The central reality of the twenty-first century world, as the spread of terrorism and the vulnerability of the United States to it demonstrate, is that our era is globally interdependent but far from integrated. We learned on 11 September that the very forces of globalisation we helped to create - open borders and commerce, easy travel, instant communications, instant transfers and widened access to information and technology - can be used to build or destroy, to unite or divide.
At the same time, old confrontations have taken on frightening urgency, especially the India-Pakistan conflict over Kashmir and the violent stalemate in the Middle East. Progress on these and other global challenges requires us to develop a larger strategy for American foreign policy, rooted in a fundamental commitment to move the world from interdependence to an integrated global community committed to peace and prosperity, freedom and security.
At the heart of all these struggles is a global battle of ideas, especially in the Islamic world, where fundamentalist rivalries have twisted religion to justify suicide assassination of innocents as a legitimate political tool blessed by Allah. This epic battle revolves around three very old and fundamental questions: can we have inclusive communities or must they be exclusive? Can we have a shared future or must our futures be separate? Can we possess the whole truth or must we join others in searching for it?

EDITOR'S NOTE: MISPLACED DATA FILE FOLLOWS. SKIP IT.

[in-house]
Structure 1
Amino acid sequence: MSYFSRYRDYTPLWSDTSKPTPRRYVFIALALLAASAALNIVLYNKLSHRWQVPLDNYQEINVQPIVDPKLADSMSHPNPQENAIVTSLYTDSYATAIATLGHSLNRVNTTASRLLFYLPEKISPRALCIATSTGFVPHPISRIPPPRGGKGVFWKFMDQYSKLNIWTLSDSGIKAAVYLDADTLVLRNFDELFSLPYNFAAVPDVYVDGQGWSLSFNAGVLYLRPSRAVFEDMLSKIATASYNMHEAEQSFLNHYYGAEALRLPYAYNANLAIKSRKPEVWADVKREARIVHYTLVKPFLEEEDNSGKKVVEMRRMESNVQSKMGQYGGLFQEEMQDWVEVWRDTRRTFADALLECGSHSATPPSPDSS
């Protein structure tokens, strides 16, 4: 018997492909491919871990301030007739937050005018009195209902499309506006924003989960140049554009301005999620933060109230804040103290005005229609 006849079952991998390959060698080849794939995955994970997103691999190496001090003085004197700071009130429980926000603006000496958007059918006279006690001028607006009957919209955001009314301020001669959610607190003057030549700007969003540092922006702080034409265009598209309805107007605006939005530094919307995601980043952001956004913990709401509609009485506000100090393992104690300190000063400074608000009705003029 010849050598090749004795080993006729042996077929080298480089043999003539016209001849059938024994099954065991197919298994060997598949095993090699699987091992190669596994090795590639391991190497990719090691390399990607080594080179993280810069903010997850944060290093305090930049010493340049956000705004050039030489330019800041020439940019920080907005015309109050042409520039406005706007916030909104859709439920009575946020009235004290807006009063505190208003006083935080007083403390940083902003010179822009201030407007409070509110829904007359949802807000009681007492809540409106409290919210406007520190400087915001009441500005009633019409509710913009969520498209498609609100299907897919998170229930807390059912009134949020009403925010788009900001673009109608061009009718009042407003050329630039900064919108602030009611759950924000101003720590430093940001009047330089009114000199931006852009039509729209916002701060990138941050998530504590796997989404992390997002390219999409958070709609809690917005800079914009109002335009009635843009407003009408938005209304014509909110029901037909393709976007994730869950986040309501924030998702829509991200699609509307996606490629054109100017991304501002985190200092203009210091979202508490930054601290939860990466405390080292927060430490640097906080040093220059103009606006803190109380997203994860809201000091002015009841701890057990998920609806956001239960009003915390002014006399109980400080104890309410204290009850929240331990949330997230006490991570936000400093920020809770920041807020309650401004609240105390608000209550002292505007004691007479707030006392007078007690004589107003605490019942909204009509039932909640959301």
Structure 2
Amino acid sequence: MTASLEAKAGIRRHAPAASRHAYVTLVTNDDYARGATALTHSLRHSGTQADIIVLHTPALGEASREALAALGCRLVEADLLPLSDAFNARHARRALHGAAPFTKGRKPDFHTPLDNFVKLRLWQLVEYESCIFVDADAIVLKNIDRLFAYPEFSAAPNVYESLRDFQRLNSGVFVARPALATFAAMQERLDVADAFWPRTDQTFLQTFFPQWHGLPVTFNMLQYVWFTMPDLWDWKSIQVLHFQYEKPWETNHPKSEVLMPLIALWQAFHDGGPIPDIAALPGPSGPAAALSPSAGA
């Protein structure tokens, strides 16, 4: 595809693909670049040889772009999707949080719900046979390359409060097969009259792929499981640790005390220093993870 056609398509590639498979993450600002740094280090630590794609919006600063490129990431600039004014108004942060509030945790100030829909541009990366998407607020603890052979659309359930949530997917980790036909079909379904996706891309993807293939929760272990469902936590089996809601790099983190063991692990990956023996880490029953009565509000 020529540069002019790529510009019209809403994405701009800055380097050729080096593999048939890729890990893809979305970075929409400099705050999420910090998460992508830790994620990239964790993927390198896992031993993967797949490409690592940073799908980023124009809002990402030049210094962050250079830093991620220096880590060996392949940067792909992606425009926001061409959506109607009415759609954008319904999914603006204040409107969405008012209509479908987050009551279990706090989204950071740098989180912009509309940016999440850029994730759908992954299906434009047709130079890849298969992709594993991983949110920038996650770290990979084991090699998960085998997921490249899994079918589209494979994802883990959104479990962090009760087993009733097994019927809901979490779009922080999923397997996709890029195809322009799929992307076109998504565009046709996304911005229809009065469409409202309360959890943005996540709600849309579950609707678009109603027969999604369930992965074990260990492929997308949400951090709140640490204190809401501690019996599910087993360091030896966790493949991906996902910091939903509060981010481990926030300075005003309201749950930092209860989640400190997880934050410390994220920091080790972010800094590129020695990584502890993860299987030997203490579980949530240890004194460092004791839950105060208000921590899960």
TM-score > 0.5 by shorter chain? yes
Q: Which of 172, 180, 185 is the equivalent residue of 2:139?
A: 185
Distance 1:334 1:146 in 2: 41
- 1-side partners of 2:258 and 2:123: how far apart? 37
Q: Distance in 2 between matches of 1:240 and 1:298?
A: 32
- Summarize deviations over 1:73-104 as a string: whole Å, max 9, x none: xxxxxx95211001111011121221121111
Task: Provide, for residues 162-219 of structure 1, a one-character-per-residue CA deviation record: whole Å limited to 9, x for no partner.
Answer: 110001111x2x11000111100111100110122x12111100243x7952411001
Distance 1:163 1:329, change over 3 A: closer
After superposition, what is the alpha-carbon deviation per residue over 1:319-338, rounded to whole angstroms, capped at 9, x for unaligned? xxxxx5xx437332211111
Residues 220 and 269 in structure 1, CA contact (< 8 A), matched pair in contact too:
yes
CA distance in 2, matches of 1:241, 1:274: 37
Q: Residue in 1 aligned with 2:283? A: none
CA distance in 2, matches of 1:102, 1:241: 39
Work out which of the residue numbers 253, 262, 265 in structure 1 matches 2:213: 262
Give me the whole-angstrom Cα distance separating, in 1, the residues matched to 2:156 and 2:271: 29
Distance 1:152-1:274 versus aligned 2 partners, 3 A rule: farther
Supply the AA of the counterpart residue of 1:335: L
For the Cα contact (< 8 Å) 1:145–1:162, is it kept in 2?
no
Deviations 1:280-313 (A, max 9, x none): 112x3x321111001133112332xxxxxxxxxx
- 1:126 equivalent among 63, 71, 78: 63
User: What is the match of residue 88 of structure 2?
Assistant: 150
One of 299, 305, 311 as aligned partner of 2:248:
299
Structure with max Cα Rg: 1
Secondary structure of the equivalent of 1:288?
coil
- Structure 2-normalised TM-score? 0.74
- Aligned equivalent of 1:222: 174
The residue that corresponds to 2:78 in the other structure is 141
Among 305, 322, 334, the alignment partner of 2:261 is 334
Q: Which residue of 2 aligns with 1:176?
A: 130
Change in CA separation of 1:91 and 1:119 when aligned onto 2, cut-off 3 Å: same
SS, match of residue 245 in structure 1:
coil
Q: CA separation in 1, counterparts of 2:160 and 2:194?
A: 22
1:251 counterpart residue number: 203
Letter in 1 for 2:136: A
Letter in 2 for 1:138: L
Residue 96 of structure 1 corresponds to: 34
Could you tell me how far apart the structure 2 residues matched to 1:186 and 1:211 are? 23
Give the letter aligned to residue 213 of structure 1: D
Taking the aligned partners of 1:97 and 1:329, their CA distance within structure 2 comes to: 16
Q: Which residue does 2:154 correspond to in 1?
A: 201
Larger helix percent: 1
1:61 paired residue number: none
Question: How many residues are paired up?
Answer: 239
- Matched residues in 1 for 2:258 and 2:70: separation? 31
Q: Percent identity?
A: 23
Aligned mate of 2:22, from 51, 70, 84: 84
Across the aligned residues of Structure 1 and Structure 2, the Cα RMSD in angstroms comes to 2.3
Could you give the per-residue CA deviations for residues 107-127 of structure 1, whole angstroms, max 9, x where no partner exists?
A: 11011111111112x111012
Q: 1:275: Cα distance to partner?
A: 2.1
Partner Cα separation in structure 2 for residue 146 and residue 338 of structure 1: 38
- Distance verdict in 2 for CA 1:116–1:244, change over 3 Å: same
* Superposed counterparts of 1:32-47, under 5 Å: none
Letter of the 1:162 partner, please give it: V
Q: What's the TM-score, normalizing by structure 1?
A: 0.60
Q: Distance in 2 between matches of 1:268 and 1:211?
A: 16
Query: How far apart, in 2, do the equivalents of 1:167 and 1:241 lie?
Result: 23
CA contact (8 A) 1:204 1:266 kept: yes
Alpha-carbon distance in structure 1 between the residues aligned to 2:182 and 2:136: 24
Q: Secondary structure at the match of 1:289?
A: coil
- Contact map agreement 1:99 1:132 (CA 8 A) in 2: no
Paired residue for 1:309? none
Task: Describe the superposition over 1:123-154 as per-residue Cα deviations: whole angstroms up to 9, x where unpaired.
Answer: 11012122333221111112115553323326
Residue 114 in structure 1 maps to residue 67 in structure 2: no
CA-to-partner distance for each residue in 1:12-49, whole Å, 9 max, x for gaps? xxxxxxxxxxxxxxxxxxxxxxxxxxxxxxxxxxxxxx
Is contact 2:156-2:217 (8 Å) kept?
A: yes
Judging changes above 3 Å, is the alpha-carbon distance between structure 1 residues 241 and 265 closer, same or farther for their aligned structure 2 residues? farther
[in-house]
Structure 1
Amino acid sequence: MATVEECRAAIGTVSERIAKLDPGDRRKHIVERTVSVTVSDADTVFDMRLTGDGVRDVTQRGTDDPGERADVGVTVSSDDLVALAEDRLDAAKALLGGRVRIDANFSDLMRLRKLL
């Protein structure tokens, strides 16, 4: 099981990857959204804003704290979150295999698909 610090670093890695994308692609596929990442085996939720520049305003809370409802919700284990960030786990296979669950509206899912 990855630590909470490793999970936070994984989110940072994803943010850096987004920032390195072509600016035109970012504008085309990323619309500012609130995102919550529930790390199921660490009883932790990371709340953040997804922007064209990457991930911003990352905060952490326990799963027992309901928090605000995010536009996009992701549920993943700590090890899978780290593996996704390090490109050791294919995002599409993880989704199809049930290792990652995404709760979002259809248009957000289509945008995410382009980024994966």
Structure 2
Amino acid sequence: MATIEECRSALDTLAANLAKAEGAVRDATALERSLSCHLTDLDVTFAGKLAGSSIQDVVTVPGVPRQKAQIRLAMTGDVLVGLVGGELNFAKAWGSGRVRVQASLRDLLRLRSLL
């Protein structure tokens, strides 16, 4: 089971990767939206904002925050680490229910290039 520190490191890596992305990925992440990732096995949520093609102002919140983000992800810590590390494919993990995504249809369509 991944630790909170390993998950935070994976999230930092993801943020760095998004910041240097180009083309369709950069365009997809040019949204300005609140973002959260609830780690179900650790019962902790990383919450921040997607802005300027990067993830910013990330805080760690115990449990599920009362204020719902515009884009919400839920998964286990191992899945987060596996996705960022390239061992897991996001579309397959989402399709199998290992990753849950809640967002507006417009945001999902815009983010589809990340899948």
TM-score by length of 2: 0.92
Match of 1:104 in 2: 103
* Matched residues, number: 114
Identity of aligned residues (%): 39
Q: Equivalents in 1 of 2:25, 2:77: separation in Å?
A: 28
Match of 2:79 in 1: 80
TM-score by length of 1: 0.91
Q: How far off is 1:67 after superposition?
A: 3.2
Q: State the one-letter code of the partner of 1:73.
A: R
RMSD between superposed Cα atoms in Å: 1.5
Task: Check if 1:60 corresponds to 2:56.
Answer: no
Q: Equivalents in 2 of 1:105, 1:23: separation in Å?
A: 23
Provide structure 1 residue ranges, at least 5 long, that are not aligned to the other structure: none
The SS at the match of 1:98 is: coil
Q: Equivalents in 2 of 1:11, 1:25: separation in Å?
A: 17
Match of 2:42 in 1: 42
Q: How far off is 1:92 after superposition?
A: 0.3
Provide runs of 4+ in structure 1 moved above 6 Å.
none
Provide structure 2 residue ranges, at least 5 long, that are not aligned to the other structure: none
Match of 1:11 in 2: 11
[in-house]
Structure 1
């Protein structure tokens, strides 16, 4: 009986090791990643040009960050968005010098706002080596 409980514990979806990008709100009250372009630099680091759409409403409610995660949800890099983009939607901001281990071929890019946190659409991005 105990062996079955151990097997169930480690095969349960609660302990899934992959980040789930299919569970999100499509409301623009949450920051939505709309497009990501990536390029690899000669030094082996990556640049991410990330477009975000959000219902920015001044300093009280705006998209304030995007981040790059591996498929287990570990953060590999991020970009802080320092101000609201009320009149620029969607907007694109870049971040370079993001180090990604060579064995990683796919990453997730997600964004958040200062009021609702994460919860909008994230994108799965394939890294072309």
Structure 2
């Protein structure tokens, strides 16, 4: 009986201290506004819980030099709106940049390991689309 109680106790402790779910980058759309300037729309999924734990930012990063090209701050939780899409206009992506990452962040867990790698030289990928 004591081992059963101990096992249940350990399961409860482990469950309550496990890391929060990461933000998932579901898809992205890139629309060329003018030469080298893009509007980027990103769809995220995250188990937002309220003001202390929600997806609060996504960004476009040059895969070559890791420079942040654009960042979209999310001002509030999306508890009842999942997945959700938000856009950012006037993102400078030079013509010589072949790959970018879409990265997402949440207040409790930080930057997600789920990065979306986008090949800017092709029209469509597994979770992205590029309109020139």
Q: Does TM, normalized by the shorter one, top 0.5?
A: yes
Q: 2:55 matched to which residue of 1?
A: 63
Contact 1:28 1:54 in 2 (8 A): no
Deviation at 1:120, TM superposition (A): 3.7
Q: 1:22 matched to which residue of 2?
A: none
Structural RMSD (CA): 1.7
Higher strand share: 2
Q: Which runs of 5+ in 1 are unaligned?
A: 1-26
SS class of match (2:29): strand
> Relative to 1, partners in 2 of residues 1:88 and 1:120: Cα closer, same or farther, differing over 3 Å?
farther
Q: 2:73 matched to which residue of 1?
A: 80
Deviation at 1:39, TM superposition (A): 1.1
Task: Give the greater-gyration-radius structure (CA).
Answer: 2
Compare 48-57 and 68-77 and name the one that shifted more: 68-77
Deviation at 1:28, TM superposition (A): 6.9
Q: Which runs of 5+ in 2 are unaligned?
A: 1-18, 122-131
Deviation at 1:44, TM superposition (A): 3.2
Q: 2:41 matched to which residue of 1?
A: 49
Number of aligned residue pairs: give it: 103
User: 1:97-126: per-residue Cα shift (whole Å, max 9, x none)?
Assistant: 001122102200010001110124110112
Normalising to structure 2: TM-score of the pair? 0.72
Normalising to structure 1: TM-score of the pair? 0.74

These dilemmas present perhaps the most enduring conundrum of human history: can people derive their identity primarily by positive association or does life's meaning also require negative comparison to others?